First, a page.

Vladimir Putin declared recently that if Ukraine joined NATO, it could trigger a war between Russia and the alliance.
Could Ukraine be a fuse for a war between Russia and the United States?
When Richard Nixon was dealing with the Soviets he used to say, "You have to convince them that you are crazy enough to start a nuclear war."
What is worrisome that Joe Biden has to convince no one.
It has been known for decades that the eastward expansion of NATO was perceived by Moscow as a challenge to Russia’s national security.
Nevertheless, NATO kept marching eastward ostensibly to "strengthen democracy and protect other nations from dangers of aggression" until it almost encircled the Russian European borders. This time Moscow amassed an impressive display of firepower, ensuring that its demands were heard.
Washington, caught off guard by intense Moscow backlash, is neither incapable of substantiating geopolitical motivation for the eastward expansion nor explaining its implacable hostility toward Russia.
George F. Kennan, a prominent American diplomat and author of the concepts of "Cold War" and "Containment," back in 1948 unveiled the motivation when he wrote, "Were the Soviet Union to sink tomorrow under the waters of the ocean, the American military-industrial establishment would have to go on, substantially unchanged, until some other adversary could be invented. Anything else would be an unacceptable shock to the American economy."
In his farewell address in 1961, President Eisenhower warned, " . . . we must guard against the acquisition of unwarranted influence, whether sought or unsought, by the military-industrial complex. The potential for the disastrous rise of misplaced power exists and will persist."
So, it's not about Ukraine. Ukraine is a helpless tool of the United States.
It's about the American economy and NATO, an anachronism of the cold war, which fears a peaceful world and craves conflicts to justify its existence.
Since the United States is a major contributor to NATO militarily and financially, the Europeans conceded the central stage to the U.S.
Notwithstanding the foray of European emissaries to Moscow and Kyiv, it is between Biden and Putin to pursue their respective political objectives.
Biden, shaken by Afghanistan, is unable to decide which he fears more – the danger of confrontation with Russia or the means needed to avoid it.
His challenge is to preserve NATO’s purpose and legitimacy.
Putin, on the other hand, avoided the issue when he stated that Russia doesn’t want to invade Ukraine. The issue is not of "wants" but "needs."
To resolve a host of problems, Putin needs to install a friendly Ukrainian government, end the hostilities that the Russian populations of Eastern Ukraine have endured during the last seven years of war, split NATO and demonstrate its uselessness. Also, he needs to solve the North Stream 2 issue. With Kyiv, on his side, it wouldn’t matter which pipeline supplies gas to Europe. And finally, Moscow would be in a position to negotiate the removal of sanctions in exchange for withdrawal.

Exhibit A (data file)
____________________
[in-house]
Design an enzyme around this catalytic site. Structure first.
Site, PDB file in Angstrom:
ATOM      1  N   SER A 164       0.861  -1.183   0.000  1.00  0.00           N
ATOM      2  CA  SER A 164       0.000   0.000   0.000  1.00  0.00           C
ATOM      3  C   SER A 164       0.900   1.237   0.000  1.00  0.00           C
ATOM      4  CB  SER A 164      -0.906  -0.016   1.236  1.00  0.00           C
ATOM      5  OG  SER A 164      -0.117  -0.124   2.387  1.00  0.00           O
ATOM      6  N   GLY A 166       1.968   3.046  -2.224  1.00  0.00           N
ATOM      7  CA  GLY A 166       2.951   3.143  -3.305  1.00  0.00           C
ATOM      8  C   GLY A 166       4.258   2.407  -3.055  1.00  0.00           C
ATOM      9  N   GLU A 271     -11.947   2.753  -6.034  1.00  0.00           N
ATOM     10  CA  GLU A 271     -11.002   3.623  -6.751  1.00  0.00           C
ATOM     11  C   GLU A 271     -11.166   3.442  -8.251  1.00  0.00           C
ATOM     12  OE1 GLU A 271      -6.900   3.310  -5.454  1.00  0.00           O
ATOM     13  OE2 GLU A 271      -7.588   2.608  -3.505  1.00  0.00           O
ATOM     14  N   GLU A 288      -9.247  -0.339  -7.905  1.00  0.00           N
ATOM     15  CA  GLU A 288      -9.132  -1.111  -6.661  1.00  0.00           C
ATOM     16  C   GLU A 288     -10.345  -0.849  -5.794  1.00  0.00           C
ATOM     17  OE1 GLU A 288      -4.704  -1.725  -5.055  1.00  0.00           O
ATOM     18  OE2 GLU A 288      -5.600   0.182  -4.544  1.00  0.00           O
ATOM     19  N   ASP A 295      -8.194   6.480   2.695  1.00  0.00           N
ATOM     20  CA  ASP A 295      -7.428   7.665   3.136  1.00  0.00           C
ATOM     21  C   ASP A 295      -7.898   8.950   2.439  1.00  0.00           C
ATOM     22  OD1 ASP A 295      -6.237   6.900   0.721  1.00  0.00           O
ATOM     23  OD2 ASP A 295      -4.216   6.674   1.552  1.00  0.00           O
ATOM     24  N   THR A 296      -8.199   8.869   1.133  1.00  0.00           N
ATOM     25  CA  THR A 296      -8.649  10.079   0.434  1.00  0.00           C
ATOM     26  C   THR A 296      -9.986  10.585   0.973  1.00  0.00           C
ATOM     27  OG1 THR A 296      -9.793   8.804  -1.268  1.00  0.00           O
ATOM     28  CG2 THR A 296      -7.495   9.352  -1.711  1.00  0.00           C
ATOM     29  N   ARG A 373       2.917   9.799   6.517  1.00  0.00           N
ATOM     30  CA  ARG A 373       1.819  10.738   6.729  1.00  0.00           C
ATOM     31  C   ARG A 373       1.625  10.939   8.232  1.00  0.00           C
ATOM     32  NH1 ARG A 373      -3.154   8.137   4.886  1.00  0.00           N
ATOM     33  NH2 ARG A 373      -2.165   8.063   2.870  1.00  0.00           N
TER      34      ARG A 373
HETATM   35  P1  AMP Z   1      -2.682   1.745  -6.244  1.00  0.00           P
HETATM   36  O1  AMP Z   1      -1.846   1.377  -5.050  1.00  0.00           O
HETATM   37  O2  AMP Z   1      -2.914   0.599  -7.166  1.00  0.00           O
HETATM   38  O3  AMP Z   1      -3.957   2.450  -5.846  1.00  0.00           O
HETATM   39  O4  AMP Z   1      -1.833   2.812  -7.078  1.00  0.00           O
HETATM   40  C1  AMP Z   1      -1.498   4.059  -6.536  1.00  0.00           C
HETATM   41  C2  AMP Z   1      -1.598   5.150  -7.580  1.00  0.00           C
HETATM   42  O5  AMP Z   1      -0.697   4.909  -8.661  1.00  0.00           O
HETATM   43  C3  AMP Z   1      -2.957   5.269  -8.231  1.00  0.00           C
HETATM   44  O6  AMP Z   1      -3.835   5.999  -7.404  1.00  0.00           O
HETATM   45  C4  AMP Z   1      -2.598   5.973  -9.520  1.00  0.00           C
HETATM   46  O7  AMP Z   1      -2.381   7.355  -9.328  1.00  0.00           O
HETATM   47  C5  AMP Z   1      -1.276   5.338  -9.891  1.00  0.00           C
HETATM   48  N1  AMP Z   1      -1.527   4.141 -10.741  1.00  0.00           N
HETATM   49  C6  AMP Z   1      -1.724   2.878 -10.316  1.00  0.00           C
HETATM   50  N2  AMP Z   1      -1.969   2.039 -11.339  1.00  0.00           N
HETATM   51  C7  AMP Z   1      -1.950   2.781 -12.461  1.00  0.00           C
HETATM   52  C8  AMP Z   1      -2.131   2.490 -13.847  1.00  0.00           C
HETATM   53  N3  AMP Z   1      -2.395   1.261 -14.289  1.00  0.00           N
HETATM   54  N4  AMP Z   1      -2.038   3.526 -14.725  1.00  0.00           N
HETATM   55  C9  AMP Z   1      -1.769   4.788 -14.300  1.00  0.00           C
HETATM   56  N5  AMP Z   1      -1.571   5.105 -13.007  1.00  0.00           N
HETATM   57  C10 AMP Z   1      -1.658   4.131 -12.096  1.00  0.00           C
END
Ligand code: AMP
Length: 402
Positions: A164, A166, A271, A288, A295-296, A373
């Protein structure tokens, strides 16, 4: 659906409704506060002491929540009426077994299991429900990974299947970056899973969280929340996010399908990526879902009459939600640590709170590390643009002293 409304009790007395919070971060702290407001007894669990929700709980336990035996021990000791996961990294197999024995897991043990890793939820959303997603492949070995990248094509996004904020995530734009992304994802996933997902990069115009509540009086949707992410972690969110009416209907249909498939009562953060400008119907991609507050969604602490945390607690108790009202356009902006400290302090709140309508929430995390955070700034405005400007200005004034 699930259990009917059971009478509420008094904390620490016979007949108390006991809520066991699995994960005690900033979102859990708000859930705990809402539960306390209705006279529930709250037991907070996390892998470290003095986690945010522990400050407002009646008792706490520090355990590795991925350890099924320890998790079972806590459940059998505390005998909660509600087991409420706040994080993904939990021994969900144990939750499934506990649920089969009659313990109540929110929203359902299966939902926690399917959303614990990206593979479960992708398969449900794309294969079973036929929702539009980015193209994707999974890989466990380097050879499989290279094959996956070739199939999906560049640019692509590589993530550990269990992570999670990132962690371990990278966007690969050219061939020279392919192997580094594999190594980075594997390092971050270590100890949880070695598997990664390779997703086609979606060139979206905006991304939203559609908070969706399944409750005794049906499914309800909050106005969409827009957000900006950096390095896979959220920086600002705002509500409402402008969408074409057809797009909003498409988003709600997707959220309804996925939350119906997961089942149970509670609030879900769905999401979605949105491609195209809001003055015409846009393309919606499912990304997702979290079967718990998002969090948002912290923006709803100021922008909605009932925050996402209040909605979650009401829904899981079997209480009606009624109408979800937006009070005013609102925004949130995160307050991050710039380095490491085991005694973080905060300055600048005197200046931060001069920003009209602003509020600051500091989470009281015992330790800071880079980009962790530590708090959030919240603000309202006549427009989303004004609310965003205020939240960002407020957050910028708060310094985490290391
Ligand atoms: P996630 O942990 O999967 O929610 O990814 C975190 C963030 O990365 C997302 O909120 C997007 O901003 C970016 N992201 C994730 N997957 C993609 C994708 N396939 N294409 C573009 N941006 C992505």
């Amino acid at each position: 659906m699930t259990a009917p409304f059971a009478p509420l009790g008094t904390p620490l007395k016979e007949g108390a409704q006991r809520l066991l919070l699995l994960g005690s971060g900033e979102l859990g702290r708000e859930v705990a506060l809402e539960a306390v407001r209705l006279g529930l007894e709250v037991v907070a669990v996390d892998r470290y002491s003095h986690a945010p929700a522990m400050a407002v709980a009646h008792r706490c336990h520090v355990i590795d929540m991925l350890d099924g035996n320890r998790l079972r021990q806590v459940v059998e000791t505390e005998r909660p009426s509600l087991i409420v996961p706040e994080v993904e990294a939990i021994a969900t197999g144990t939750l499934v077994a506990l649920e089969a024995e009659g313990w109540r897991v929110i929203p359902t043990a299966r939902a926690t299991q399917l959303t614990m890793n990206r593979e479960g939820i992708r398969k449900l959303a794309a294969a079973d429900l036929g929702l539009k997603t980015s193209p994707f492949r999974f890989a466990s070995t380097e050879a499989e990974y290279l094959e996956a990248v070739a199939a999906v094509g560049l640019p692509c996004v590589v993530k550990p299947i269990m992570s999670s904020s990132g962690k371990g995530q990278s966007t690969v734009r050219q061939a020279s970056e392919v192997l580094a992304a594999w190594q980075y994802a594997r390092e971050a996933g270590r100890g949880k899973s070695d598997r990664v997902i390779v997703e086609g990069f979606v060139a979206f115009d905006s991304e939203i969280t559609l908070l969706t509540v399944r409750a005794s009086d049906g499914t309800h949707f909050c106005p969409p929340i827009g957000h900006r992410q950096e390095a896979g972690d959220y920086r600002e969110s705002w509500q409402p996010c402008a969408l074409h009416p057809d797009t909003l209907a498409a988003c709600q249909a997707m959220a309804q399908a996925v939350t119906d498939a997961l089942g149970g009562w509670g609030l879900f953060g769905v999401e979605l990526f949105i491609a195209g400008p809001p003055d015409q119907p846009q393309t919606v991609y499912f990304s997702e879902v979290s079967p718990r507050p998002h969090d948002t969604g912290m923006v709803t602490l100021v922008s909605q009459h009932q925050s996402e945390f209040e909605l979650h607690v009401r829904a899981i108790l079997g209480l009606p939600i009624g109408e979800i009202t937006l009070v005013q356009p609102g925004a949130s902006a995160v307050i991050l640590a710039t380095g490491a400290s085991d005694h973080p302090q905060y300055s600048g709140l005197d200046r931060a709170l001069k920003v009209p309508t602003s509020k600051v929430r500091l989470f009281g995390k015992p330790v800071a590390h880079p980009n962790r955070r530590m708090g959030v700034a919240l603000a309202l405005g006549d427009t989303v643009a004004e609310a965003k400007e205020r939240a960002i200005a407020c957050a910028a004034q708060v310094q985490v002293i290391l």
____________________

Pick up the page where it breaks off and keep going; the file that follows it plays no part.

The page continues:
In case of invasion America and the allies threatened to impose the most severe economic sanctions. Moscow took notice and turned to China as a result of this "sage" strategy.
The two countries bound by mutual necessities are fostering economic and military alliances. Should it come to fruition, the U.S will be facing a formidable adversary politically, economically, and militarily.
The Russo-Sino alliance would comprise enormous human resources, a vast territory rich in minerals, and industrial capabilities rival to the United States.
This anti-American alliance would have serious leverage over the U.S. economy. The U.S. is currently imports over 50 percent of nickel, about 80 percent of platinum, 80 percent of cobalt, and nearly 40 percent of copper, not to mention the oil. Most of those materials come from Russia and China.
To make matters worse, in the effort to stop climate change, America constrains its oil and gas production, shutting down the mining industry, making itself even more dependent on Russia and China for energy and raw materials. Could it come to what Kennan called "an unacceptable shock to the American economy," although of a different kind?
In fact, commodities have shaped the politics of the 20th century and were the culprit of bloody military conflicts. The oil embargo the United States imposed on Japan in July 1941 forced the Japanese attack on Pearl Harbor on Dec. 7 of that year.
As long as the military-industrial complex shapes American foreign policy, confrontations with Russia will be getting more dangerous and less predictable.
The democracies are in no position to go to war over Ukraine. However, paraphrasing Carl von Clausewitz, it is easy to see how the current American politics could continue by other means.
Alexander G. Markovsky is a scholar of Marxism and a senior fellow at the London Center for Policy Research, a conservative think tank that examines national security, energy, and other public policy issues. He is the author of "Liberal Bolshevism: America Did Not Defeat Communism, She Adopted It.” Read Alexander G. Markovsky's Reports — More Here.
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